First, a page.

Excessive reparations aren’t a good idea
Angela Merkel might not, just at the moment, be giving Brexit her full attention, given the difficulty of converting the results of Germany’s September election into a viable coalition government. Nonetheless, Brexit is a big problem for her and for the other EU27 leaders, and one which cannot simply be ignored. European, and especially German, history has important lessons which they should heed.
In 1806, Frederick William III of Prussia went to war against Napoleon, who had invaded much of what is now Germany. It didn’t work out well for Prussia, which suffered a series of humiliating defeats. By July 1807 Prussia was on its knees, suing for peace. Napoleon’s terms, in victory, were draconian, including the complete dismemberment of Prussia, and huge reparations. Louisa, Frederick’s queen, met Napoleon in a personal attempt to persuade him to be more reasonable, but she was ignored. Prussia had no choice but to submit to Napoleon’s vindictive conditions, which shocked Europe. The Prussians never forgot the insult, even after they got their revenge at Waterloo.
In 1871 the boot was on the other foot. Prussia was now the arrogant victor, and France was outraged to discover that it was now treated the same way. The cycle continued, catastrophically, in the 1919 Treaty of Versailles, until it was finally resolved, but only after the destruction of much of Europe, in the magnanimity of the post-WWII settlement.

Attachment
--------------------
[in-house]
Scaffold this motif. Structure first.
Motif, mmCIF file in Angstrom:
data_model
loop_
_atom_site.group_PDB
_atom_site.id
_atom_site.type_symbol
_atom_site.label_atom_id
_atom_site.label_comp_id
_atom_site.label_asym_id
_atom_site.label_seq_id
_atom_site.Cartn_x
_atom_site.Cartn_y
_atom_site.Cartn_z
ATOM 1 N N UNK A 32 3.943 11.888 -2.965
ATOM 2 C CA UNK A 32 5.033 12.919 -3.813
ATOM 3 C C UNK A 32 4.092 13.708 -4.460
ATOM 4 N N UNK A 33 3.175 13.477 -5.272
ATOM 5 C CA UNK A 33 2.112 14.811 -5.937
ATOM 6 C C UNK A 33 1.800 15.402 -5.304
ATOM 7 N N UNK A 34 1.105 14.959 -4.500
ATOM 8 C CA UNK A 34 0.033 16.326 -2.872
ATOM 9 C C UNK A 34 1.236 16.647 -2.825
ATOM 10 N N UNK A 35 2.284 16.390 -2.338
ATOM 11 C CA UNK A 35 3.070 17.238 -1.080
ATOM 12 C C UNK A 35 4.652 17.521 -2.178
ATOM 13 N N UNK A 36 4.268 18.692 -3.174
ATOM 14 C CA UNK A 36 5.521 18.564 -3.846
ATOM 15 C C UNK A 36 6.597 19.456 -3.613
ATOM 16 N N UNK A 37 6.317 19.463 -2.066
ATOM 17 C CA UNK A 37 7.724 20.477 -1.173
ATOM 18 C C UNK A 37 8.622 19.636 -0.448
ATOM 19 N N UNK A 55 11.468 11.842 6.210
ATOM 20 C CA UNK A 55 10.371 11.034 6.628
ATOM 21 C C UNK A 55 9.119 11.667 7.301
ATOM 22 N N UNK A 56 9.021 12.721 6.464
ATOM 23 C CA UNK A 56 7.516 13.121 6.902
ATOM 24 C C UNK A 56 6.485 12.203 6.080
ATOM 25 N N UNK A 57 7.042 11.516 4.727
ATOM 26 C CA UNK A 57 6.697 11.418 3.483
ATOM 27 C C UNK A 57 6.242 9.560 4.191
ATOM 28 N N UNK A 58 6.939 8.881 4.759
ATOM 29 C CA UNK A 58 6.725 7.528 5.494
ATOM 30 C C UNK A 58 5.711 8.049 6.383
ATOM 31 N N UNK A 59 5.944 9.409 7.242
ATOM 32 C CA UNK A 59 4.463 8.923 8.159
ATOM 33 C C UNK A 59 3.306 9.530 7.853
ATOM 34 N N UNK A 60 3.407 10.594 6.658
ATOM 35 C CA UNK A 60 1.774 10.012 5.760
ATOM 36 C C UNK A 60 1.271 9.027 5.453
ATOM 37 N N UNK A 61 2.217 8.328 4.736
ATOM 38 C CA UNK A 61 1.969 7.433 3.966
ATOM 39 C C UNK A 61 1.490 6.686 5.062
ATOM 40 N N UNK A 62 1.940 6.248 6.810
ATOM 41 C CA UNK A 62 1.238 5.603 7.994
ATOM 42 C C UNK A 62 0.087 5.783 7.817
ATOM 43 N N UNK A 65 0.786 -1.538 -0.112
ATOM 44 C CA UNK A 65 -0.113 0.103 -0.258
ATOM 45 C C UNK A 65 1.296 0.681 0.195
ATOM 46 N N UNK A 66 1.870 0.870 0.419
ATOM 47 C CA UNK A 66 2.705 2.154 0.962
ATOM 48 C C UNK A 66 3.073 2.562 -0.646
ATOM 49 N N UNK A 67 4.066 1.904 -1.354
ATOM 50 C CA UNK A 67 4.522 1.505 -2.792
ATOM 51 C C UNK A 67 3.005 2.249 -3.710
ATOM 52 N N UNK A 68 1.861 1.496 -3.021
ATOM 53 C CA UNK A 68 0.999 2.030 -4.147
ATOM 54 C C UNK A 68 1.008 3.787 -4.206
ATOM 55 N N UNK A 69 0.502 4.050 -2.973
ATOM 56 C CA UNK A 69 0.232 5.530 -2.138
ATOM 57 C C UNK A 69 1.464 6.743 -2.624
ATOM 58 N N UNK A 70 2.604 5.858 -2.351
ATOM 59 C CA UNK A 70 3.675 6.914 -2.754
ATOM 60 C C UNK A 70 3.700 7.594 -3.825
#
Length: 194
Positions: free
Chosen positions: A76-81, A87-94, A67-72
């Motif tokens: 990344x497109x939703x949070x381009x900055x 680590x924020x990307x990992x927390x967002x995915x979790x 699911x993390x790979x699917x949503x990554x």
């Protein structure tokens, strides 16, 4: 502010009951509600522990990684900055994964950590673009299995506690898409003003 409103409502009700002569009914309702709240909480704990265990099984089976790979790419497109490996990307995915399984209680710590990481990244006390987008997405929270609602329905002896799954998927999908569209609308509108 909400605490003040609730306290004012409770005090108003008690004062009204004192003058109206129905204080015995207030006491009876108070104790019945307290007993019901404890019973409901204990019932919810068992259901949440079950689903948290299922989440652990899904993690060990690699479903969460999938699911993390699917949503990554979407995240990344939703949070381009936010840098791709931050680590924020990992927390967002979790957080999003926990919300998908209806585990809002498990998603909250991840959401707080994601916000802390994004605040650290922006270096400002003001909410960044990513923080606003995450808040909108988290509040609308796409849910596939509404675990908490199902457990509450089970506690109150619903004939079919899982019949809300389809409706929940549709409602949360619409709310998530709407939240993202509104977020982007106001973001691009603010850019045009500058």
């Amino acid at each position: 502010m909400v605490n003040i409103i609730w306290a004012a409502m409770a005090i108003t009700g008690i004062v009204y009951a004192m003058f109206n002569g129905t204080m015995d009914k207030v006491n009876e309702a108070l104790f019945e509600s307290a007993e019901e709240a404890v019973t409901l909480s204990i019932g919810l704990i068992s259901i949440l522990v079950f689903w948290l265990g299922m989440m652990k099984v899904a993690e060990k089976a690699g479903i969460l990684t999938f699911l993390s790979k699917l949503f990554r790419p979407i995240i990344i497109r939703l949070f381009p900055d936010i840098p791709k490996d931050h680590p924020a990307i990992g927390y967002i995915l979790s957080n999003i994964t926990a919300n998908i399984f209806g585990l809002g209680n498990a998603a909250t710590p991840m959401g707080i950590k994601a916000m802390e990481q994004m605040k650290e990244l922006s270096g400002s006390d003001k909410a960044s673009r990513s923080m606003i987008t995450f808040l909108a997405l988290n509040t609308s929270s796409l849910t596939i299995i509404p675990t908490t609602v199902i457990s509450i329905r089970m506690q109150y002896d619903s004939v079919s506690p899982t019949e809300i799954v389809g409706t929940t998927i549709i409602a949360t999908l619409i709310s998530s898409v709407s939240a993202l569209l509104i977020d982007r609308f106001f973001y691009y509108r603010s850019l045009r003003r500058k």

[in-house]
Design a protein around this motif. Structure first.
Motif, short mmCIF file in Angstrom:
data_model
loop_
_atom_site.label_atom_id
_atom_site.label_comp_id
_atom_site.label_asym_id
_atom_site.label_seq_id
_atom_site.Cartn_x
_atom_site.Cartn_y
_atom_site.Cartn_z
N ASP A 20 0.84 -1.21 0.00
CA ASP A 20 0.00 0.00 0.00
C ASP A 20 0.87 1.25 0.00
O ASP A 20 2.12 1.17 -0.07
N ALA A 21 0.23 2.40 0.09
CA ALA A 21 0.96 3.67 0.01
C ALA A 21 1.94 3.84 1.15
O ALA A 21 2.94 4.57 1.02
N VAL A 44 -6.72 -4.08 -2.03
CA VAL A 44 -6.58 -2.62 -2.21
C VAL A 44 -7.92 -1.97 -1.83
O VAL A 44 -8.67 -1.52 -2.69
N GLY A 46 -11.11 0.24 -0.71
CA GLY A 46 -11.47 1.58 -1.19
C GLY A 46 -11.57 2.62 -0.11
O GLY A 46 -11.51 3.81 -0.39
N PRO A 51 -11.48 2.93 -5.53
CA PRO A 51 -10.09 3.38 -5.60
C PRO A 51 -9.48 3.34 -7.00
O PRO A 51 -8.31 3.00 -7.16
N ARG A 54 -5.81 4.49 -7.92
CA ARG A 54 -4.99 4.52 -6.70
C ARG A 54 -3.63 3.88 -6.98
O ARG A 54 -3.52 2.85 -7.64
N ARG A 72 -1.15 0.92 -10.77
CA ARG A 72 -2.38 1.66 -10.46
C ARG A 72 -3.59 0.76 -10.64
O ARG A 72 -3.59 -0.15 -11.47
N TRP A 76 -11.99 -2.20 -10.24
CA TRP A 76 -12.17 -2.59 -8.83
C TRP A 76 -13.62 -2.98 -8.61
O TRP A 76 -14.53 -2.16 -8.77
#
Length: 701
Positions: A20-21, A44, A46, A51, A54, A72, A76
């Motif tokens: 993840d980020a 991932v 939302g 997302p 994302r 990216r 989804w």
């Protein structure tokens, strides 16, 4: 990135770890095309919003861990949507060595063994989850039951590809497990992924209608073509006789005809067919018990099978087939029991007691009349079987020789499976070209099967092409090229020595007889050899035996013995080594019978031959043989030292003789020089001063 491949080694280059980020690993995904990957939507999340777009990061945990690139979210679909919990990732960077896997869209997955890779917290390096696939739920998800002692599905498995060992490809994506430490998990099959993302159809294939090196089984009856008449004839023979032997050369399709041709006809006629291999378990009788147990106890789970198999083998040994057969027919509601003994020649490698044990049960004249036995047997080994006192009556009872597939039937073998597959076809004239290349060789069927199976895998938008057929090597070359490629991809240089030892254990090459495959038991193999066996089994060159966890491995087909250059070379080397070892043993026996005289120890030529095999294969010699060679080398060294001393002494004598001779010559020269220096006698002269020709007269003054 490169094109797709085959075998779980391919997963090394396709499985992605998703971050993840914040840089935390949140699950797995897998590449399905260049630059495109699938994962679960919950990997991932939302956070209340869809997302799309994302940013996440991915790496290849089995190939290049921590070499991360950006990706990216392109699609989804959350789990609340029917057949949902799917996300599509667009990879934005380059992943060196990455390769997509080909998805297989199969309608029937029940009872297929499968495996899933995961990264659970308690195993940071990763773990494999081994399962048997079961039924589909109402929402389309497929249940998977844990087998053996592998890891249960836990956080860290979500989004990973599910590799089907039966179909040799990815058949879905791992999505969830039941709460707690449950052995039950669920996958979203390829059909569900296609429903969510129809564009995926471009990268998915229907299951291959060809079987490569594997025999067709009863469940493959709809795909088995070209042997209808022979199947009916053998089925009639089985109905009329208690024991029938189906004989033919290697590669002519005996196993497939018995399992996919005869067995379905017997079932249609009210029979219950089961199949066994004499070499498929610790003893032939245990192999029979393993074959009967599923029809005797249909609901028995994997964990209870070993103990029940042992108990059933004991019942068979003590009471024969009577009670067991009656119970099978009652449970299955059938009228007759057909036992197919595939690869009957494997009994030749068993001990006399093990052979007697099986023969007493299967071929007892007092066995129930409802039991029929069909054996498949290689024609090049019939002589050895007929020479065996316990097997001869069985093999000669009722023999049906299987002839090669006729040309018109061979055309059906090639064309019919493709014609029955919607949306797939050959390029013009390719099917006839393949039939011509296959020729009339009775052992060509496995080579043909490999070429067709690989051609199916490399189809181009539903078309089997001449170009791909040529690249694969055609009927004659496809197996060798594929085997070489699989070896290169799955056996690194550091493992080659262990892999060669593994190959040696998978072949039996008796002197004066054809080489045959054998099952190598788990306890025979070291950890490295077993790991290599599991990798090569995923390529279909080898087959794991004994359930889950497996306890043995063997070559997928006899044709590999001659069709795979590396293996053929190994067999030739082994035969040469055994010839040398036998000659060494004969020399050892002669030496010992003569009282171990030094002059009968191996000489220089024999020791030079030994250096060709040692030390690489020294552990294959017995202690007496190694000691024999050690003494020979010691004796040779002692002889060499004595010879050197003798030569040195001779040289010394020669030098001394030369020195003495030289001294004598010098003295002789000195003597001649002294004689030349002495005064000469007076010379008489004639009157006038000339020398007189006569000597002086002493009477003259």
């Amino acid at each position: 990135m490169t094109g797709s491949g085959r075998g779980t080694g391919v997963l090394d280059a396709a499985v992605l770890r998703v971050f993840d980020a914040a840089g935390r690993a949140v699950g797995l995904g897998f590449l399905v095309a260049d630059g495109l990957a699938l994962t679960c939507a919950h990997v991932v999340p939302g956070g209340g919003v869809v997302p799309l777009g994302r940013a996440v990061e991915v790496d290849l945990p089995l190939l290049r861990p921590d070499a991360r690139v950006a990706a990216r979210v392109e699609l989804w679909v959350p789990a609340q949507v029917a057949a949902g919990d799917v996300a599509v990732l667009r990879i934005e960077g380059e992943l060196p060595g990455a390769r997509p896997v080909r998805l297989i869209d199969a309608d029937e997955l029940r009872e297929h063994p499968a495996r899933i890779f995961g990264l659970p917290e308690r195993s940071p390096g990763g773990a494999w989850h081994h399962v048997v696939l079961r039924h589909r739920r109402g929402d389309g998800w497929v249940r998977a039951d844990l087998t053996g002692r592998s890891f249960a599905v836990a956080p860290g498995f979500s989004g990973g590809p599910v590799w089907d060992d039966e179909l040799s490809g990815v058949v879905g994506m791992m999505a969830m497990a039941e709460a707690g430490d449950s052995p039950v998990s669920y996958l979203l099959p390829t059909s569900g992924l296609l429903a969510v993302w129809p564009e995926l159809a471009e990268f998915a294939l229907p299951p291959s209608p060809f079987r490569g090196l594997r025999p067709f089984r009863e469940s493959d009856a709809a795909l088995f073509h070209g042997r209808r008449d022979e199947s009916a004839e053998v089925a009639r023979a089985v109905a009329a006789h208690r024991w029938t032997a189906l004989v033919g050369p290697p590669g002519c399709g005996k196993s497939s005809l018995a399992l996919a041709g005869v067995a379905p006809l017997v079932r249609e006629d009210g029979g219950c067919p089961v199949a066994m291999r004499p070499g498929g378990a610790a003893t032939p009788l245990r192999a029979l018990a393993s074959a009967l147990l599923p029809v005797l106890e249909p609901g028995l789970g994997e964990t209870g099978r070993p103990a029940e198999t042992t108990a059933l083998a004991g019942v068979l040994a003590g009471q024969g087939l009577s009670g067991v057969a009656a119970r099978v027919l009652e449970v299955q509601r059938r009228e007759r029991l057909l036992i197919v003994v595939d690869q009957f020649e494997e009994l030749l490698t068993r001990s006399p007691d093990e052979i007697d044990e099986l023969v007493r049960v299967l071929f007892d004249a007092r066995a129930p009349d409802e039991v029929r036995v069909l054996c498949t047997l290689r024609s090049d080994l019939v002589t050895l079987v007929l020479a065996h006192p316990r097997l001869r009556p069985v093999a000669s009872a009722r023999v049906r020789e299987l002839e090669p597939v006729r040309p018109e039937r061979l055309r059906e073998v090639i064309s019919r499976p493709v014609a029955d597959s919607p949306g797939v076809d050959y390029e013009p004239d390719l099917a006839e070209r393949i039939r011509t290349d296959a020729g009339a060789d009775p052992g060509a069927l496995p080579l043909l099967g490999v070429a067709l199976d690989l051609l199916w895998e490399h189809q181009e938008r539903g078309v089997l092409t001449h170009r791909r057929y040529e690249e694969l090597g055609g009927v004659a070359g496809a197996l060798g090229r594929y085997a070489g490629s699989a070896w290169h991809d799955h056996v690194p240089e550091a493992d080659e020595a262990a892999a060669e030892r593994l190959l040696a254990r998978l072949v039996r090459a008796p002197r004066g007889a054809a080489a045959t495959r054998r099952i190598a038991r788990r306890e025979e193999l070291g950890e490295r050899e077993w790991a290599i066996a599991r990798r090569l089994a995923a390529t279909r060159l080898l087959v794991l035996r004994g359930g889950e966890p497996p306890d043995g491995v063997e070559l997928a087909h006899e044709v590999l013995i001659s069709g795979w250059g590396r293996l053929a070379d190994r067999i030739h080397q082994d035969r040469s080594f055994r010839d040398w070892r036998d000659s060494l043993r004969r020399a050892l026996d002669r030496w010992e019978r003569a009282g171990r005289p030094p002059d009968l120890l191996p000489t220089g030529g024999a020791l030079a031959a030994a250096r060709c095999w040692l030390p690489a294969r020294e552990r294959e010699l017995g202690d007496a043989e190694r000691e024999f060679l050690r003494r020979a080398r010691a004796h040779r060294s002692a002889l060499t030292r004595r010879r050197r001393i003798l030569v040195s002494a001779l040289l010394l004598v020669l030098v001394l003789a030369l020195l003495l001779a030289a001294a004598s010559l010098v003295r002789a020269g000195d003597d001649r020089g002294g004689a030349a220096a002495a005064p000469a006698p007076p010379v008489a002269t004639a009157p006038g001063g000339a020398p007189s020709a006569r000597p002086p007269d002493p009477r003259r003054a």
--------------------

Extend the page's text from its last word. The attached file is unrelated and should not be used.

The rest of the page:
Of course, we do things differently today. The UK is not a warmongering state which has wreaked havoc across Europe, raping and pillaging huge swathes of the continent, and giving rise to an understandable, if counter-productive, thirst for revenge. Instead, it is a nation which has peaceably decided, wisely or unwisely, to exercise a right enshrined in Article 50 of a treaty formally ratified by 28 European nations. Yet the mindset of the EU27 seems to be worryingly akin to that of France in 1919: the UK is expected to pay reparations for having the temerity to exercise its right to leave the EU.
The UK has already agreed to continue its full payments for a two-year transition period after we formally leave the EU. That means that the EU will have had four full years’ notice before any drop to its budget from the day Article 50 was triggered, and nearly five years’ since the referendum. That should be enough to cover any residual liabilities, and give the EU27 time to adjust their financial plans, surely.
It might be that the relative negotiating strengths of the two sides are so uneven that the EU27 think that they will be able to extract their €60bn+ reparations for this slight to their amour-propre, and for the knock-on effects on their budget, just as Napoleon judged that he could ignore Queen Louisa’s appeal at Tilsit in 1807. That doesn’t make it a good idea for them to try to do so – especially if they offer nothing concrete in return and pitch their demands at a level which the Prime Minister, weak and buffeted on all sides, cannot accept. The shared interests of the UK and the EU27, and their close economic relationship, mean that this isn’t a zero-sum game; both sides will lose badly if it is mishandled.